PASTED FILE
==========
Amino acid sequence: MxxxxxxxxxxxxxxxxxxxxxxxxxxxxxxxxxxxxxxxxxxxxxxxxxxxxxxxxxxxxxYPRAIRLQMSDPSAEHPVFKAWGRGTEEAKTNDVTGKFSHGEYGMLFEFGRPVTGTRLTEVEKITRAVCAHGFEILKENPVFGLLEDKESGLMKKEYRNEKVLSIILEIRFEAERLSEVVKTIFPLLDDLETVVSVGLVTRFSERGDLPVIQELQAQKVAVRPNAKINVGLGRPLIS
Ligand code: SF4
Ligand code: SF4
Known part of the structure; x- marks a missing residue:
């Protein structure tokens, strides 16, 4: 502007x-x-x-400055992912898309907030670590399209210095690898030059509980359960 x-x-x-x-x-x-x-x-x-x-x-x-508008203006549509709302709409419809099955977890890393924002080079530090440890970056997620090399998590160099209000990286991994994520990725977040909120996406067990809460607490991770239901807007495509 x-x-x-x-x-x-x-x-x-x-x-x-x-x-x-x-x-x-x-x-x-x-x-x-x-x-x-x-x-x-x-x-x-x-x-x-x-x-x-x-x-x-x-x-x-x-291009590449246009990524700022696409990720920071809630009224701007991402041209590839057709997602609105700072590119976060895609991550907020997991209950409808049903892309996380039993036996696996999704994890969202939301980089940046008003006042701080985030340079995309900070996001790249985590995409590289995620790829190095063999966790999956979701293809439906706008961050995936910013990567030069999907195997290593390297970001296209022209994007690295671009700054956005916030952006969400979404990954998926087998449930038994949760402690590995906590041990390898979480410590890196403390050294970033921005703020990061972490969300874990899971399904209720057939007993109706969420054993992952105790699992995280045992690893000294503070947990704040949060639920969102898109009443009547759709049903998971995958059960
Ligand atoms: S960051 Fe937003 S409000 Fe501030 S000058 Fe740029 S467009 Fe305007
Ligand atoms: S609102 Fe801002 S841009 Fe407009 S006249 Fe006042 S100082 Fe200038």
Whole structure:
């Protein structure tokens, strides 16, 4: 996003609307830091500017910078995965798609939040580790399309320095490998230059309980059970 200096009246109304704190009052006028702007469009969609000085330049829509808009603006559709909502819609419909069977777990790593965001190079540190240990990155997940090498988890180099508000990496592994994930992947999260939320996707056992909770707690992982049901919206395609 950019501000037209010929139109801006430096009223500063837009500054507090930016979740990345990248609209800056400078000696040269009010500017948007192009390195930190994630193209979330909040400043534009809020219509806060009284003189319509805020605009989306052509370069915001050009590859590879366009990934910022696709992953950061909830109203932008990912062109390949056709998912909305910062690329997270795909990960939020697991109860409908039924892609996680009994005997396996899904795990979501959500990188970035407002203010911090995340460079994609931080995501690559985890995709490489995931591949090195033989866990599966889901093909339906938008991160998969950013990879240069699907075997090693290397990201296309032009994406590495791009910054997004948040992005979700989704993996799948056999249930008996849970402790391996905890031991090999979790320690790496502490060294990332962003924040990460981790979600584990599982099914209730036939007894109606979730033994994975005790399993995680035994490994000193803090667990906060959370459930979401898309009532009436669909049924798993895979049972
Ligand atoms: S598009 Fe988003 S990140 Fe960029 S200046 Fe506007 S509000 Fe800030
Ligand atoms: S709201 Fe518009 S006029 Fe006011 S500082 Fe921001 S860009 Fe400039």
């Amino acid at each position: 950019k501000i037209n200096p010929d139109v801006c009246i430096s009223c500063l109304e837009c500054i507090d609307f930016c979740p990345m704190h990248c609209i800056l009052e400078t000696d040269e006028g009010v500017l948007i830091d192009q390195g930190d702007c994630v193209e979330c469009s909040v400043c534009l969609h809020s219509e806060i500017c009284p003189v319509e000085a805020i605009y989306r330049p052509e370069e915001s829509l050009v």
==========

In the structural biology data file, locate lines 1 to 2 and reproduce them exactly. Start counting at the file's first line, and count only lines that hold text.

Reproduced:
Amino acid sequence: MxxxxxxxxxxxxxxxxxxxxxxxxxxxxxxxxxxxxxxxxxxxxxxxxxxxxxxxxxxxxxYPRAIRLQMSDPSAEHPVFKAWGRGTEEAKTNDVTGKFSHGEYGMLFEFGRPVTGTRLTEVEKITRAVCAHGFEILKENPVFGLLEDKESGLMKKEYRNEKVLSIILEIRFEAERLSEVVKTIFPLLDDLETVVSVGLVTRFSERGDLPVIQELQAQKVAVRPNAKINVGLGRPLIS
Ligand code: SF4